Director of the Professional Writing Program; Director of Internships
Visual Communication; Scientific, Technical, and Professional Communication; Rhetoric
TTH 9:30-11:00 a.m. and by appointment
- Ph.D., Rhetoric and Scientific and Technical Communication, University of Minnesota, St. Paul, MN
- M.A., Professional Communication, Clemson University, Clemson, SC
- B.M., Music Theory and Composition, Ohio University, Athens, OH
- Winn, Wendy. “Symbolism and the Pink Ribbon: Communicating Awareness and…?” (under review).
- Winn, Wendy. “Increasing Accessibility with a Visual Sign System: A Case Study.” Journal of Technical Writing and Communication 44:4 (2014): 451-471.
- Graff, Richard and Wendy Winn. "Kenneth Burke's Identification and Chaïm Perelman's Communion: A Case of Convergent Evolution?" The Promise of Reason: Studies in The New Rhetoric. Ed. John Gage, Southern Illinois University Press. 2011. 103-133.
- Thaxton, Chris, Wendy Winn, Jay Fenwick, Terry McClannon and Margot Olson. "The Governing Principle Behind Design, Part I: Unifying Methodologies, Disciplines and Cultures Through the Physical Principle of Least Action." Design Principles and Practices: An International Journal 3.6 (2009): 325-348.
- Thaxton, Chris, Wendy Winn, Jay Fenwick, Terry McClannon and Margot Olson. "The Governing Principle Behind Design, Part II: The Least Action Principle, Transparency, and Universalization." Design Principles and Practices: An International Journal 3.6 (2009): 349-362.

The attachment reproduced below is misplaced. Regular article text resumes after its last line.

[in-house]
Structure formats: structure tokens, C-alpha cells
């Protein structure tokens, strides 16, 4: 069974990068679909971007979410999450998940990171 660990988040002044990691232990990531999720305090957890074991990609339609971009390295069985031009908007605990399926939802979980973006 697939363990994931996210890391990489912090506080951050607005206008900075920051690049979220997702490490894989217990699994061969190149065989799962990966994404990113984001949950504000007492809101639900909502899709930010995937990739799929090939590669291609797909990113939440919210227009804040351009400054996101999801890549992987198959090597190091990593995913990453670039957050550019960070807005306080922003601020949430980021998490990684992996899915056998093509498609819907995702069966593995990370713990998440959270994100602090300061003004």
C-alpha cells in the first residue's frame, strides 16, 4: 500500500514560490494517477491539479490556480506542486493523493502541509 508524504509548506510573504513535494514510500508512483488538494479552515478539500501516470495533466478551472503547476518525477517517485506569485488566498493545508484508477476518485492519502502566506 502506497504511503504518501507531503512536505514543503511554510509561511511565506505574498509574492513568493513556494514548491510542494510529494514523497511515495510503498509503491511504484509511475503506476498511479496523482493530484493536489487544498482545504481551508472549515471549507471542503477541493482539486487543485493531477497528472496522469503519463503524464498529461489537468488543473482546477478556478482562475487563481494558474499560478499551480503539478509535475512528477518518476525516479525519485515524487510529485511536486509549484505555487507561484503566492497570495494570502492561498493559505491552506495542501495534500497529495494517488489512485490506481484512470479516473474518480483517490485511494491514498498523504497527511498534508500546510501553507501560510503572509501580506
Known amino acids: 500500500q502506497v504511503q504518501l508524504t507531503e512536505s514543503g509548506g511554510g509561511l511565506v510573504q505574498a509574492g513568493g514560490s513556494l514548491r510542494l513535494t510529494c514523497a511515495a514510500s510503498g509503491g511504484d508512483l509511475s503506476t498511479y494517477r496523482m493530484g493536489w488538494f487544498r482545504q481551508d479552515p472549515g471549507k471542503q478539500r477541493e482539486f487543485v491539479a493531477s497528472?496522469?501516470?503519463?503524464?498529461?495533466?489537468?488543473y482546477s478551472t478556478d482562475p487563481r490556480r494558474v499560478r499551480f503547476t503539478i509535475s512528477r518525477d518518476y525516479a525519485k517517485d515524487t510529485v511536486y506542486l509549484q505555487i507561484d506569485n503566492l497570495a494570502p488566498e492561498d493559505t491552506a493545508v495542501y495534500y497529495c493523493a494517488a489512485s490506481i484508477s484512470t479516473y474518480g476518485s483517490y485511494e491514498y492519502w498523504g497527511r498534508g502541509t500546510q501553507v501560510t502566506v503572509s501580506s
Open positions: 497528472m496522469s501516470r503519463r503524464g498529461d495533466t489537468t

- Winn, Wendy. "'Proof' in Pictures: Visual Evidence and Meaning Making in the Ivory-Billed Woodpecker Controversy." Journal of Technical Writing and Communication 39.4 (2009): 351-379.
- Graff, Richard and Wendy Winn. "Presencing 'Communion' in Chaïm Perelman's New Rhetoric," Philosophy and Rhetoric39.1 (2006): 45-71.
- Winn, Wendy and Kati Beck. "The Persuasive Power of Design Elements on an e-Commerce Web Site." Technical Communication 49.1 (2002): 17-35.
In fall 2006, Wendy Winn joined Appalachian State University's English faculty after completing her PhD at the University of Minnesota. In July 2007, she was one of 25 post docs and Ph.D. students selected from an international call for the Ischia Summer School on the History of the Life Sciences. The school's theme, "Visualizing Nature," directly related to her dissertation, "Visualizing Science: A Semiotic Analysis of Visual Representations in Ornithology Journals, 1859 – 2003." Her first publication under this theme, "'Proof' in Pictures: Visual Evidence and Meaning Making in the Ivory-Billed Woodpecker Controversy," adopts the theoretical framework from her dissertation, and was nominated for the 2010 National Council of Teachers of English best paper award for Excellence in Technical and Scientific Communication.
In fall 2007, she received a Humanities Research Cluster grant to study the concept of universal design (broadly defined as removing barriers to access) from an interdisciplinary perspective with Jay Fenwick (Computer Science), Terry McClannon (Education), Margot Olson (Technology and Environmental Design), and Chris Thaxton (Physics and Astronomy). The group presented their work at the "Third International Conference on Design Principles and Practices" in Berlin, Germany in Feb. 2009 and published two articles. In fall 2009, the group taught an Honor's course to first-year students where all five faculty presented the theory that emerged from their collaboration, from five different disciplinary perspectives. They presented research from their collaborative teaching experience on Humanities Day, Apr.2010
Universal Visual Design: A Case Study